By Lee Jenkins
March 01, 2012

LOS ANGELES -- To find the smallest venue in professional basketball, take the first-floor hallway past two ice skating rinks, duck into an alley, hang a right at the popcorn machine, and enter through a side door. Inside are the Los Angeles D-Fenders, the Lakers' affiliate in the NBA Development League, hosting what feels like a private party.

The D-Fenders' home court is the sports equivalent of a Hollywood speakeasy, with 380 seats, separated into seven rows and four VIP tables. Everybody here can act like Jack Nicholson. You could sit in the nosebleeds and still hear the trash talk.

L.A. is the basketball capital this season, with the Lakers and Clippers selling out Staples Center every night. The D-Fenders used to play at Staples, too, where they attracted about as many fans as they do now. Only then, they filled roughly 1 percent of the cavernous arena, a depressing smattering. To cut cost and build atmosphere, the D-Fenders downsized, moving this season into the Lakers' practice facility, where they are surrounded by championship banners and retired jerseys. Their tickets are not cheap -- $20 for general admission, $99 for courtside, $125 at the tables -- but the leg room is plentiful and the views unobstructed.

One night, half the tickets were bought by a local high school. Another night, more than half were bought by a group from Japan. Intimacy and exclusivity, catchwords for bars and bistros, are not usually associated with professional sports. But they are what distinguish the D-Fenders from their big-time brethren. "We want to be like that packed little restaurant around the corner you're always waiting in line for," said D-Fenders CEO Joey Buss. Most of the successful D-League franchises are in markets without NBA teams or even successful college programs: Sioux Falls Sky Force, Maine Red Claws and Bakersfield Jam, who also play in a practice facility with about 500 seats. But the D-Fenders have something those clubs do not: a kinship with the most recognized brand in basketball.

D-Fenders games are Lakers games in miniature, with public address announcer Lawrence Tanter introducing Elijah Millsap as though he's Kobe Bryant, and Jack in the Box awarding free tacos if the home team keeps the opposition under 100. Laker Girls try out new routines and take food orders from VIPs. Fans could shout Dwight Howard trade proposals to general manager Mitch Kupchak, sitting on a balcony outside of his office, and he would actually hear them.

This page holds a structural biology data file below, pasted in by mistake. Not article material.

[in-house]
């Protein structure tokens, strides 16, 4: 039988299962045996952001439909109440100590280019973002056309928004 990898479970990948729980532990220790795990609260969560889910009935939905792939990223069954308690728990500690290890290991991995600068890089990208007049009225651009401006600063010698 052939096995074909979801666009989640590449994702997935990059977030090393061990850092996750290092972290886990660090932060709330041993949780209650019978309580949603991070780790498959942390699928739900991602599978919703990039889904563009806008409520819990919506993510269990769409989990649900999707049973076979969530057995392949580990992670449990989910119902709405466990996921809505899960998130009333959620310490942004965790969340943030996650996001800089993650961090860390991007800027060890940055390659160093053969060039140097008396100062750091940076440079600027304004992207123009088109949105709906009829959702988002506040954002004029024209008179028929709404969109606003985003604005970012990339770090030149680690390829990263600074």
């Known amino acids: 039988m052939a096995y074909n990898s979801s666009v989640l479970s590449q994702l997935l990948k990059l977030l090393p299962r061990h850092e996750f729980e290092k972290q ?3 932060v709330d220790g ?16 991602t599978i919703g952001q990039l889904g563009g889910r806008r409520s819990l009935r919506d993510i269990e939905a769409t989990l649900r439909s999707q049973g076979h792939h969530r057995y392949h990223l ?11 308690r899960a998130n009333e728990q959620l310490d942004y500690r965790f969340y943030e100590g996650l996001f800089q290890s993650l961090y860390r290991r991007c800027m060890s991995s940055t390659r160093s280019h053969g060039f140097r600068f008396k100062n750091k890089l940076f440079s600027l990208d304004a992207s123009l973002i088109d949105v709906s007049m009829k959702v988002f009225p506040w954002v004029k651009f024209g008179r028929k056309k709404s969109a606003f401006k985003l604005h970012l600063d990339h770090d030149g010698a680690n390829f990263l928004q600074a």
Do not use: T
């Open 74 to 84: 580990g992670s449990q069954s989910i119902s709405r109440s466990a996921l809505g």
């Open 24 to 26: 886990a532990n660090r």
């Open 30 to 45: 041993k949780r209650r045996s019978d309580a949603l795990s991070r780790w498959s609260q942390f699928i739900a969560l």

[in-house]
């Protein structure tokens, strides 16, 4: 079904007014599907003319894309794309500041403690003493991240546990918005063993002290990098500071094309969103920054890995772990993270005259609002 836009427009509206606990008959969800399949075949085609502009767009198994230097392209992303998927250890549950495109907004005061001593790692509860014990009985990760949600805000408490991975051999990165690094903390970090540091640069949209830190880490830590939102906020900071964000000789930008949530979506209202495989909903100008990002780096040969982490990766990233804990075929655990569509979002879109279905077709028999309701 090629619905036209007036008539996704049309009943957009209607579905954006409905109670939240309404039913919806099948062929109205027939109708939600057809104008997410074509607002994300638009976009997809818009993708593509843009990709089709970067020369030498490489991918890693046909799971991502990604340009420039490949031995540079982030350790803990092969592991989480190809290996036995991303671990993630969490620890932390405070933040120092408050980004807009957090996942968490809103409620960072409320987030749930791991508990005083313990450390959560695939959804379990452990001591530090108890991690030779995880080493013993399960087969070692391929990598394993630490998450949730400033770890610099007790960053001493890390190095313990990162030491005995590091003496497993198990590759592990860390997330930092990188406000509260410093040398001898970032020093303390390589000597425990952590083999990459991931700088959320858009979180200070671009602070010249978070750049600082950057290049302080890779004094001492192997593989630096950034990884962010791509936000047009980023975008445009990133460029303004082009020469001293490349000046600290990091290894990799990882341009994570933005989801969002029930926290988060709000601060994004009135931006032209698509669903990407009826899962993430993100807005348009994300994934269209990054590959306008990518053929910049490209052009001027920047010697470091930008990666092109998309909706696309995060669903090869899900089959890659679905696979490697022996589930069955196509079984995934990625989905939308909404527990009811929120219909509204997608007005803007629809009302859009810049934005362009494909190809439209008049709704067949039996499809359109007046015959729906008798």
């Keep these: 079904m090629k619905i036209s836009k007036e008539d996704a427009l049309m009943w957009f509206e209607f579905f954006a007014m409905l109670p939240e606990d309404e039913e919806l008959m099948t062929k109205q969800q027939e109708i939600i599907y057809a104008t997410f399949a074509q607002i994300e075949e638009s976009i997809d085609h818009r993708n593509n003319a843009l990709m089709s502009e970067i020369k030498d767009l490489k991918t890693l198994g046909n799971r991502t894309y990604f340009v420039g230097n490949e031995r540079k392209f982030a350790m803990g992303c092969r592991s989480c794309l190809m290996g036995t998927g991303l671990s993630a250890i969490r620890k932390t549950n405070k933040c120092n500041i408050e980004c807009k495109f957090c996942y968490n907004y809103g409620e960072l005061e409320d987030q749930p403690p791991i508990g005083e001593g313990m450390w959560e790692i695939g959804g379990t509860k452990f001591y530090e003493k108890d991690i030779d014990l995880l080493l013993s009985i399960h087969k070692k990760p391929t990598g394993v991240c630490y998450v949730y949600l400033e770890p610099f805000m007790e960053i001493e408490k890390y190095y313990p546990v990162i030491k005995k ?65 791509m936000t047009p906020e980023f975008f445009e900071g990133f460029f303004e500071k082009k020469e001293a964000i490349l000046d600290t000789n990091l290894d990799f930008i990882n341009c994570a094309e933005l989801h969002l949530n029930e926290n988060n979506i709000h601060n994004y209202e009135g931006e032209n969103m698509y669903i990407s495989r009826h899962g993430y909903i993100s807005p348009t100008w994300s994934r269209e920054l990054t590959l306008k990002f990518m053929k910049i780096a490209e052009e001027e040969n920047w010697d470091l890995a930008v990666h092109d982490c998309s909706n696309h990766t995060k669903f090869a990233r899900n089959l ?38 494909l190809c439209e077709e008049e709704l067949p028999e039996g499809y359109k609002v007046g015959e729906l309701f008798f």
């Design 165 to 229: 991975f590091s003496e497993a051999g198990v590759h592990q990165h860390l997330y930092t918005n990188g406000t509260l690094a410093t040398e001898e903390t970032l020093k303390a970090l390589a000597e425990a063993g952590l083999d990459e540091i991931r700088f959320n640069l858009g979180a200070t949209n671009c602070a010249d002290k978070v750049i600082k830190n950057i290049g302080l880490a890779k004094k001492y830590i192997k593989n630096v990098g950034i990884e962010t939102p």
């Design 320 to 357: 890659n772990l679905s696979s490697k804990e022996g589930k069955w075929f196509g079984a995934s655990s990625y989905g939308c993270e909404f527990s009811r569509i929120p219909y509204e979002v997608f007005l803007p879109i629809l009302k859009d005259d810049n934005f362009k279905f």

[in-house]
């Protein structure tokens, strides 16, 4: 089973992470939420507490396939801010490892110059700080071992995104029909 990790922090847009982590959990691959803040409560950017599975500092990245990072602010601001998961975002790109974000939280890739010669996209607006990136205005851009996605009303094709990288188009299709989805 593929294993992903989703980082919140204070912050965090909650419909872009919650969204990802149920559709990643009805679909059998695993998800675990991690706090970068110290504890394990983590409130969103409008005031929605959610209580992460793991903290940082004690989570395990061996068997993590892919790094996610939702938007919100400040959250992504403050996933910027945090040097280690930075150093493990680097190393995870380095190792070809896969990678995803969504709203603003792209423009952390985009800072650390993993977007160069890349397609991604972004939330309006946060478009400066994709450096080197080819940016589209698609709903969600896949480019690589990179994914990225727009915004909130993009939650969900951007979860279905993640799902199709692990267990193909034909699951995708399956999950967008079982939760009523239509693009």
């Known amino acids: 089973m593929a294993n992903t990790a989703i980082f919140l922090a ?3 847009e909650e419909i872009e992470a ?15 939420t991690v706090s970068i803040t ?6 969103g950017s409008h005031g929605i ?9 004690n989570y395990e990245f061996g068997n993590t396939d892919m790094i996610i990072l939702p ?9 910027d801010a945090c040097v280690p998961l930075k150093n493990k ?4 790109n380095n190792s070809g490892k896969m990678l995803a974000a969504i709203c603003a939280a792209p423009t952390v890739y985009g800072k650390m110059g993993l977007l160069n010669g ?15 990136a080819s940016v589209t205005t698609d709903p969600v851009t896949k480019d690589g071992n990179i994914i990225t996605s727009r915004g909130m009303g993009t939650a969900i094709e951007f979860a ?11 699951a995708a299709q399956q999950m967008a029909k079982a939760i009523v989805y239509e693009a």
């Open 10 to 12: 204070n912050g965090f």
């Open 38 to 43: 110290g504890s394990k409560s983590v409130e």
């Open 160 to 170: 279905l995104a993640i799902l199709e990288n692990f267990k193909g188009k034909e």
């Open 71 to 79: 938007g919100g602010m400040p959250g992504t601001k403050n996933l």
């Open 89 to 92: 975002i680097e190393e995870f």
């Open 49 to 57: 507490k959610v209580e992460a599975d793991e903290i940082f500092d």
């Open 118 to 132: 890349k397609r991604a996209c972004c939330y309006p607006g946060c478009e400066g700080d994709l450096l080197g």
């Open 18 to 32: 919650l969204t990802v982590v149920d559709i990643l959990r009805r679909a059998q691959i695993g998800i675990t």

Some D-Fenders joke that they played in front of bigger crowds in high school, but they appreciate their gym because it really is a gym, with the Lakers' weight room next to the court and a film room not much farther. This is the Development League, after all, and while it's nice that the D-Fenders are 27-10 this season, the best record in the league, it's more impressive that they've already sent six players to the NBA and have several others scouts are monitoring.

One is a relentless 6-foot-9, 230-pound power forward named Zach Andrews, who grew up in foster care in Sacramento, had no home in high school and was often left to care for his eight siblings. Andrews played the past four seasons in Spain, Bosnia, Turkey and Japan before arriving in L.A. "I'm everybody's story," he said.

Under the terms of the new CBA, players like Andrews are of greater interest to the Lakers, who cannot just horde expensive free agents anymore. They will need young talent to avoid harsh luxury tax penalties and they hired one of the league's best teachers, head coach Eric Musselman, to help cultivate it. When Orlando signed guard Ish Smith from the D-Fenders, Smith texted Musselman to thank him for everything he'd learned. Smith had been with the team one day.

The D-League remains a flawed farm system, in that players developed by one club can be signed by another, like the Yankees plucking the Red Sox's top prospects. But eventually, the D-League will become a true feeder, and every team will want a relationship with its affiliate like the one the Lakers are building with the D-Fenders. Even their season-ticket holders are viewed as Lakers fans in training, granted priority for Lakers season tickets.

The D-Fenders sold out their first game, when locals were starved by the lockout, but attendance has since dwindled to about 200 per game. Unlike the Lakers and Clippers, the D-Fenders have plenty of seats available, and you can't find a bad one in the house.

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